Can Crossover Symmetry be used to avoid surgery?
Matt: In the right circumstance, definitely. Static structures like the labrum, shoulder capsule, etc. are not repairable without surgery. But there are lots of people who think they have a tear and therefore need surgery. Often, strengthening the dynamic structures (muscles) will correct or mostly correct any injury to static structures. Obviously, you should consult with a doctor if you might have static structure damage. The good news is that there’s increasing evidence that static injuries like a labrum tear, when followed by dynamic structure strengthening, might be optimal to perform at a high level. That philosophy is pretty out there and only really followed by elite professional athletes like baseball players, but it’s good to know that a static injury isn’t debilitating and performance can be maintained or improved through dynamic shoulder exercises.
How often you think climbers should use it?
Thomas: It depends on their background and skill level. Probably one to two times per week for most people, but anyone who is injured or has a strong injury history should be doing it four to five times per week. The Crossover system has a lot of value both for warming up and also performing balancing/prehab type shoulder workouts. The specific use would depend on the skill level and injury history of any given climber. Basically the more at risk they are, the more prehab they should be doing.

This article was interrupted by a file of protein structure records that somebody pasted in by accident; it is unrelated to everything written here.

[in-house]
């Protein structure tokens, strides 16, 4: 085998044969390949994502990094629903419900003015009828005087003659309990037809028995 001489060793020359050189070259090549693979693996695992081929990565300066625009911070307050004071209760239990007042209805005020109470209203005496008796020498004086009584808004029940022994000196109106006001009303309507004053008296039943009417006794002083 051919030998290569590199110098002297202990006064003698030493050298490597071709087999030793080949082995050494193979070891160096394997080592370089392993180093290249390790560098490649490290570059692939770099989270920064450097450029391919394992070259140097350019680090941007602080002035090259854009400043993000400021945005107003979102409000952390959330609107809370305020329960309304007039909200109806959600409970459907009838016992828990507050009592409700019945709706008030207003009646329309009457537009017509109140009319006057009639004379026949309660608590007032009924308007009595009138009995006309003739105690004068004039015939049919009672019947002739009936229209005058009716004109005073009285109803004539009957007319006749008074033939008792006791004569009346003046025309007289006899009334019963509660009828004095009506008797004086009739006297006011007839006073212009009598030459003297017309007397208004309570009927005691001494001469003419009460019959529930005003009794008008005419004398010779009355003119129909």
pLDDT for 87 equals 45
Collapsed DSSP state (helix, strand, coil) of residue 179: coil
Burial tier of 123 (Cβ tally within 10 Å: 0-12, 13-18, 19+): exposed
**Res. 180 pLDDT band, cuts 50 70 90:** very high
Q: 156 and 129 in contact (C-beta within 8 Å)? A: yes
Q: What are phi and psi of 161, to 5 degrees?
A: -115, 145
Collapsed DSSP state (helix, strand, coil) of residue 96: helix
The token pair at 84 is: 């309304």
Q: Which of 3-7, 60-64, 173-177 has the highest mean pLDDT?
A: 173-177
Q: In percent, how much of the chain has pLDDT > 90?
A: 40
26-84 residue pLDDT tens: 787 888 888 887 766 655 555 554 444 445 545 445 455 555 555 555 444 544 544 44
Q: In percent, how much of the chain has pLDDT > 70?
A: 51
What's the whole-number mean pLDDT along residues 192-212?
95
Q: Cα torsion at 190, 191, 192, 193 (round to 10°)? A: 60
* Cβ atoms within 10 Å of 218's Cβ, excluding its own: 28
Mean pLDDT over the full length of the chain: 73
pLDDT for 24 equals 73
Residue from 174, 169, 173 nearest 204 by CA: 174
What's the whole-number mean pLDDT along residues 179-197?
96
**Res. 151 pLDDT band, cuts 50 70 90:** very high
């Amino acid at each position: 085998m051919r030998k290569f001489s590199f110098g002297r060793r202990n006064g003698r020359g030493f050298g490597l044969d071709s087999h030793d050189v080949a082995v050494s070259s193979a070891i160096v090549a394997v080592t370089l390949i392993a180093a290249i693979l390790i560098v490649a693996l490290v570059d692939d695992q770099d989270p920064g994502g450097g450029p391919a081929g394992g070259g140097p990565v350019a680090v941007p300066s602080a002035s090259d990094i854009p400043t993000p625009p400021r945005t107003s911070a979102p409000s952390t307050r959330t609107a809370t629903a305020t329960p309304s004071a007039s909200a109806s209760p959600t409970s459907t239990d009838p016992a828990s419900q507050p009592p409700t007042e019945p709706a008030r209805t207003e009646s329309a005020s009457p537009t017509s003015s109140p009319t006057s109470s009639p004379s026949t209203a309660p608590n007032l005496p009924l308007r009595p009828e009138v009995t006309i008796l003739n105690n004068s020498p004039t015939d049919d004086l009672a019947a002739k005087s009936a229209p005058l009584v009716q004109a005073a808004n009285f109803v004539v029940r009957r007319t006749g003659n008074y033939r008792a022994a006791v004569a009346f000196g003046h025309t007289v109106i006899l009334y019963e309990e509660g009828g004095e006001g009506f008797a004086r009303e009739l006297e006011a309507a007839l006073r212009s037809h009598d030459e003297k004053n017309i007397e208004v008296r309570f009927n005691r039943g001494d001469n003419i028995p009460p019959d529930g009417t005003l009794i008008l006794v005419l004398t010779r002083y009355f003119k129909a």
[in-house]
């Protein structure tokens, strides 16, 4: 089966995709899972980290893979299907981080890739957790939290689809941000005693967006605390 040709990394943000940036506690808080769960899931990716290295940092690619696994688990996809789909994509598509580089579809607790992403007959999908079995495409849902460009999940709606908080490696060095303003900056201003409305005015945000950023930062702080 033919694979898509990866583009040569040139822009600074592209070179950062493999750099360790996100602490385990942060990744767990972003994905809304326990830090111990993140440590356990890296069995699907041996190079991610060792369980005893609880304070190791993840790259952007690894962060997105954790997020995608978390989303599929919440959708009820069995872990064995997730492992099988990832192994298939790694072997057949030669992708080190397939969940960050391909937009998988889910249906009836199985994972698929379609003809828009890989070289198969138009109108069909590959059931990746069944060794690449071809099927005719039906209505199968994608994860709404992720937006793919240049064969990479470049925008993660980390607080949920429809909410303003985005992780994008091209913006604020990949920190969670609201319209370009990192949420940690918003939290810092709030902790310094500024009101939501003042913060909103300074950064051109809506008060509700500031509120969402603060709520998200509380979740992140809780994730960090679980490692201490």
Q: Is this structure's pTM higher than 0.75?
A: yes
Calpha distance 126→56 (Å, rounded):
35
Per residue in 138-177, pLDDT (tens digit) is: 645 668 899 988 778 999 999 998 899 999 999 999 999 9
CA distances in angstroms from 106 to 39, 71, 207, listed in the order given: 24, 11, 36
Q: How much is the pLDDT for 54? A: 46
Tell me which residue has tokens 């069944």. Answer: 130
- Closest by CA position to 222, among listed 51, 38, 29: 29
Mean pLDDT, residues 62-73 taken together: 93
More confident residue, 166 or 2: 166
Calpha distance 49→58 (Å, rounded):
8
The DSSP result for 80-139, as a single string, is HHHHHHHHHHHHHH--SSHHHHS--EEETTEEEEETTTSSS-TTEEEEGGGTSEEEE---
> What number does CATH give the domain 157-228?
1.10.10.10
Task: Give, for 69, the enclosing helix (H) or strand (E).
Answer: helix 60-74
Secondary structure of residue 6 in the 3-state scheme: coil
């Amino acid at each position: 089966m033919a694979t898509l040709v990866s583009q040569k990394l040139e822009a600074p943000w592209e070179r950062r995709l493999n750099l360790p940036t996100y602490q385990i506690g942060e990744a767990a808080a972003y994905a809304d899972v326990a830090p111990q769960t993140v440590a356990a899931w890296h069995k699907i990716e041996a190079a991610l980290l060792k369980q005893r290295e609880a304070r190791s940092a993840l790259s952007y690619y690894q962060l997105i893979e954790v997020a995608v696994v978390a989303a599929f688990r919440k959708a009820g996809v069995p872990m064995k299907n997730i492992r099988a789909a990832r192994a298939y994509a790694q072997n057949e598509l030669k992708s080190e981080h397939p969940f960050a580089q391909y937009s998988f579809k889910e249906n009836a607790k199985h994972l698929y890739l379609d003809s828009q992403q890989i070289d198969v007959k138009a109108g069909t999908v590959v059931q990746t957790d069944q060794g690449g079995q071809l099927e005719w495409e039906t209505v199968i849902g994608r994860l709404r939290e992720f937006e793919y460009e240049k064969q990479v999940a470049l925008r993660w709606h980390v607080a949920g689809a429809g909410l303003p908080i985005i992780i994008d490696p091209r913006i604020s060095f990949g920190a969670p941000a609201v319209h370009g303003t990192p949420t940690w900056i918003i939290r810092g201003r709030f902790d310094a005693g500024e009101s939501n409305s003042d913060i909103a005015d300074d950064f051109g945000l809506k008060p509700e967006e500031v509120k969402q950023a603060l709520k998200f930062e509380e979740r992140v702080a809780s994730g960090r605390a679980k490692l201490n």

What are some tests people can do to find out if they have shoulder issues that need a closer look?
What’s different between Crossover Symmetry and common shoulder bands?
Matt: Much more important than the bands themselves is the system. Our bands are higher quality, more durable, and safer than typical bands you’ll find on Amazon. But what really makes us unique is the program and the education. We give you all the exercises to train movement patterns, not isolated muscle groups, so you develop the coordination necessary for complex motions like those in rock climbing. This is available both on visual displays that come with our bands, as well as on our full online education platform for both desktop and mobile devices. We stay up to date on the latest shoulder research and we’re constantly reevaluating and improving the programs. Whether you’re a gym, a team, or an individual looking for a shoulder pain and performance solution, we’ve got the product for you.
Should every climbing gym have one?
Thomas: Every gym, climbing or otherwise, should have some sort of workout band setup. The Crossover system is the best I've seen, but similar setups can provide similar results. Really the only issue I see with this system is the cost. We can get a set of bands for $30 and I think the system is several hundred. However, we also have to replace our bands several times per year and this looks like it'll last a lot longer.
Tell us about the full Crossover Symmetry system.
Matt: There are five programs in total that come with every Crossover Symmetry system:
Learn more about Crossover Symmetry.
Learn more about the Denver Bouldering Club.
Do you have experience using Crossover Symmetry? Let us know below in the comments!
Banner photo: FrictionLabs Pro Paul Dusatko sending the "shouldery" Unshackled, V10 in Lincoln Lake, CO. Photo By Beau Kahler